The right kind of noise

Indie-pop collective MICHELLE on genre bending, writing in a group and what’s in a name

Aysia Marotta

There seems to be a cultural (maybe generational) shift happening; musicians are forsaking the rigidity and structure of a single genre in favor of mixing and matching different influences, styles, and content. New York sextet MICHELLE—composed of singers Sofia D’Angelo, Layla Ku, Emma Lee and Jamee Lockard, as well as producers Julian Kaufman (also bass) and Charlie Kilgore (drums)—is no exception. The group has been described as pan-genre, genre-bending, and genre fluid. 

“Genres were created to really separate Black artists from white artists and you can still see that in Billboard [charts] today,” D’Angelo says. 

MICHELLE is more a product of the fluidity that comes from combining the diverse influences of six different people into one sound.

“We were just, like, really influenced by music that we grew up listening to. And like, however we can describe it, whether it’s R&B, whether it’s pop, whether it’s rock‘n’roll, whether it’s alternative, whether it’s punk, whether it’s electronic, experimental noise, like whatever descriptions we use for it is whatever,” D’Angelo says.

“We make the music that we’re feeling that day. And then the descriptor comes afterwards,” Lockard adds.

Indie-pop seems the most apt catchall, however, as each MICHELLE song is designed to be catchy and vocal forward, with an emphasis on layered organic harmonies, songcraft, and DIY production full of synthesizers and percussion. 

The group’s name is an homage to beloved female musicians who perform using a mononym. It’s also a way of unifying a group of musicians as something larger than any one individual. “MICHELLE is a little bit of all of us, but also at the same time, MICHELLE is like existence outside of any of us individually,” Kilgore says, admitting that no one really expected anything to come from the group’s first release, HEATWAVE, in 2018.

“We didn’t think this was going to be a band,” he says. “We just needed a name to release it under.”

“What would you have named it?” Kauffman asks directly. “Do you have any good band names?”

All native New Yorkers, the individual members of MICHELLE met each other by chance, orbiting similar music and art circles in high school and into college.

“The high schools in New York, everyone kind of knows everyone. And if you don’t know someone, you know someone who knows them,” Kilgore says.

But it was the producing duo Kauffman and Kilgore who first solicited some 16 musicians to participate in the project that would become MICHELLE. The idea was to create an album about summer in New York City in two weeks through a sort of intensive writing camp. It was admittedly a bit daunting for some.

“Definitely when we were all invited to the project that Charlie and Julian were interested in making, I remember wondering what to write about with a group of strangers,” Lee says. 

But none of the writing is done with the group as a whole, instead two or three people branch off and write together, abandoning the chaos of six personalities, ideas, and thoughts for an easier collaboration.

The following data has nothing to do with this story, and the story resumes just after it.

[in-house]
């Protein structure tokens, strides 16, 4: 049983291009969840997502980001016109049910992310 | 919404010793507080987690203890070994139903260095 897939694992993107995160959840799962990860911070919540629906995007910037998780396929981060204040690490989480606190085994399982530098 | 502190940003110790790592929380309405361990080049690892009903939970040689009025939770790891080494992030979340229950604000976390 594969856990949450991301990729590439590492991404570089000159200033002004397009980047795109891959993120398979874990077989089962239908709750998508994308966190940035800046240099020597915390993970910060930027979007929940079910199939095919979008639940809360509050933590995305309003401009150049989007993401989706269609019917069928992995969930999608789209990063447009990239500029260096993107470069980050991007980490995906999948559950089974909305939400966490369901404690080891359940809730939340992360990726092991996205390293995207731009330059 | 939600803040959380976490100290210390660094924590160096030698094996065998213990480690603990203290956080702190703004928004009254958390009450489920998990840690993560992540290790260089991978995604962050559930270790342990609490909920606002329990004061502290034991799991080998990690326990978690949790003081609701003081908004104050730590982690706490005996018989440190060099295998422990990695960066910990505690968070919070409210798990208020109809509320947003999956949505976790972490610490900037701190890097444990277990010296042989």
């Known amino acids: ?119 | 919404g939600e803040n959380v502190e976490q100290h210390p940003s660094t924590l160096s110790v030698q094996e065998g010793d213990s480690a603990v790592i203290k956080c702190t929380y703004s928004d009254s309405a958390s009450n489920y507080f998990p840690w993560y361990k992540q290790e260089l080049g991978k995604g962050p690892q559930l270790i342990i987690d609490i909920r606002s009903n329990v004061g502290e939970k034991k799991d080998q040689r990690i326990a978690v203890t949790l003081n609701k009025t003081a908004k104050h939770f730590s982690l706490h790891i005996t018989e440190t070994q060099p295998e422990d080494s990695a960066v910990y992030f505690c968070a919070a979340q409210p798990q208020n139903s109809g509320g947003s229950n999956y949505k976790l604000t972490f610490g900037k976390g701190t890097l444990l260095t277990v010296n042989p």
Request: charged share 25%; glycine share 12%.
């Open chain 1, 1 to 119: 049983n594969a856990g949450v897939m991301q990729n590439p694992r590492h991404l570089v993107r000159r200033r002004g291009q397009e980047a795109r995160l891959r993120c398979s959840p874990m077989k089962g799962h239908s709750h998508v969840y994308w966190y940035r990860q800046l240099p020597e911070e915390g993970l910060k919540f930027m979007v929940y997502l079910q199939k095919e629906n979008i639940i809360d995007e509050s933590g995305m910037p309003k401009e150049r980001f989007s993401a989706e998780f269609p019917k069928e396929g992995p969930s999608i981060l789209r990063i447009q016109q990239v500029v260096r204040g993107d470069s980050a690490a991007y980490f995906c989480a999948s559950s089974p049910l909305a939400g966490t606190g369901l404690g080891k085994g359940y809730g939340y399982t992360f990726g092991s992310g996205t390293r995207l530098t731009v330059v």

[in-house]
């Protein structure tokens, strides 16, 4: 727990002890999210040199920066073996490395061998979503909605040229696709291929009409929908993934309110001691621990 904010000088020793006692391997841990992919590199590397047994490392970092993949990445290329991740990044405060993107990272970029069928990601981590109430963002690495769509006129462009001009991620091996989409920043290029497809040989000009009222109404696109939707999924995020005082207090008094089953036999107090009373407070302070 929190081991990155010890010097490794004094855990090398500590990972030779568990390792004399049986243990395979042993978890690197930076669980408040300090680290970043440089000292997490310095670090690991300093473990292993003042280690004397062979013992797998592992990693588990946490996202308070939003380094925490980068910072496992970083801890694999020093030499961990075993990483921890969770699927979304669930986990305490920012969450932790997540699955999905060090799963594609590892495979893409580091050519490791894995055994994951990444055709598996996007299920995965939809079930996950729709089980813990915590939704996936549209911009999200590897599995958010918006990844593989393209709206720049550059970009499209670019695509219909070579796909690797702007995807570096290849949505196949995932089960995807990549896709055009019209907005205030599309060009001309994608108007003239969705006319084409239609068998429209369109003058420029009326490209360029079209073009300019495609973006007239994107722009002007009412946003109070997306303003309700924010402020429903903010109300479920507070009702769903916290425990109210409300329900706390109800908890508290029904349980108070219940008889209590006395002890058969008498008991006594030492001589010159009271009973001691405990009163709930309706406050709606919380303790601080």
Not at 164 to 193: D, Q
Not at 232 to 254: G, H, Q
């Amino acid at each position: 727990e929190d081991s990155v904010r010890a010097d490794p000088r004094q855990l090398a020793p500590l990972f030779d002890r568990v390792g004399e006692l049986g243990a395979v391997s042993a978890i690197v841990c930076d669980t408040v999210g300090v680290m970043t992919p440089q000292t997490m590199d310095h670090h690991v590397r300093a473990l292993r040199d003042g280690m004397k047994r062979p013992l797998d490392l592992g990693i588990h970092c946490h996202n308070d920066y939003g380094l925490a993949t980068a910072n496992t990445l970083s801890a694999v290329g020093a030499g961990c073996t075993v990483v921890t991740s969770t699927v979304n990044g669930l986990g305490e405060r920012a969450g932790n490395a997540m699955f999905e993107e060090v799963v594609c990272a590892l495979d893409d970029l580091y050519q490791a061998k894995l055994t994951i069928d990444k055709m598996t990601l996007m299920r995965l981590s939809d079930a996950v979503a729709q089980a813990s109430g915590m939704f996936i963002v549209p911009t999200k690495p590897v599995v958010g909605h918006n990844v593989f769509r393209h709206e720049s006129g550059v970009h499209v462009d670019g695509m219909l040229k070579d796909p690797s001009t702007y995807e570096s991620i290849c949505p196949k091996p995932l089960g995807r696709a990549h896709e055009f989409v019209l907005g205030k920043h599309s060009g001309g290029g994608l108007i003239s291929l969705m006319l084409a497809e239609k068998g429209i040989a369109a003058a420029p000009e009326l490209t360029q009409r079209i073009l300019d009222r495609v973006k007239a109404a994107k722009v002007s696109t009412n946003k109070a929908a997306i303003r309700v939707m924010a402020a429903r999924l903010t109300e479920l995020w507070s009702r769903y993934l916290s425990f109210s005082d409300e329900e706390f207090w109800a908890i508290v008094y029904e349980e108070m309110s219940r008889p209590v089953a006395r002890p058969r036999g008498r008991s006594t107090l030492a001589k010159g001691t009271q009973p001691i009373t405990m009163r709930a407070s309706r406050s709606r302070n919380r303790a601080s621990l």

In the early days, MICHELLE was more of a collective, a side project for young people with busy lives. Some were still in school, others were working different jobs, most were trying to write with other people, and a few had their own bands. They were separate individuals coming together for the sole purpose of MICHELLE. At times, 10 people performed under the mononym, other times only two.

Then came a record deal, and the group really solidified into a sextet, bringing the compassion, self-awareness, and perspectives as mostly queer and “mixed-race femme POC” to the foreground of the music, even if unintentionally at first. 

“That representation matters to us, but it also wasn’t necessarily in the forefront when creating the group, which I think is important too,” Lee says. “It wasn’t like, ‘Let’s do this thing.’ It was more just people coming together and then realizing we have this thing in common, and we have the opportunity to write songs or create art about it.”

From 2021’s single “FYO”:

I never asked you who I was / I’m not myself enough (you’ll never look like me) / Don’t look like anyone (are your eyes open? Can you see?) / I never asked you who I was 

You say I’m one thing or another / And your words, they suffocate and smother / Why do I turn to you to tell me who I am?

Lockard, who wrote “FYO” with Lee, Kilgore and Kauffman, says growing up she often felt caught between two worlds—at times a part of both, other times rejected by both. As half-Korean American, she struggled with her racial identity, especially as she shuffled between different public schools and never saw herself represented in any sort of media. But the feelings presented in “FYO” are more open-ended than that. 

“There are lots of people who feel this way,” Lockard says. 

MICHELLE’s sophomore release, AFTER DINNER WE TALK DREAMS, due January 28, was written in a year of turmoil—from racial injustice protests to political upheaval to the seemingly never-ending COVID-19 pandemic. And the group has used their social media accounts and platform as a way of talking to their fanbase about the world we’re living in, and the ways we all can contribute to its healing.

“We wanted to have the noise that we were making be the right kind of noise and not just, ‘Listen to our song, listen to our song,” Lee says. “We’re real people who have all experienced oppression in some way, shape or form, and therefore have empathy for other injustices that we may or may not relate to or may or may not be affected by.”

On the bill: MICHELLE opening for Arlo Parks. 7 p.m. Tuesday Oct. 5, Globe Hall, 4483 Logan Street, Denver.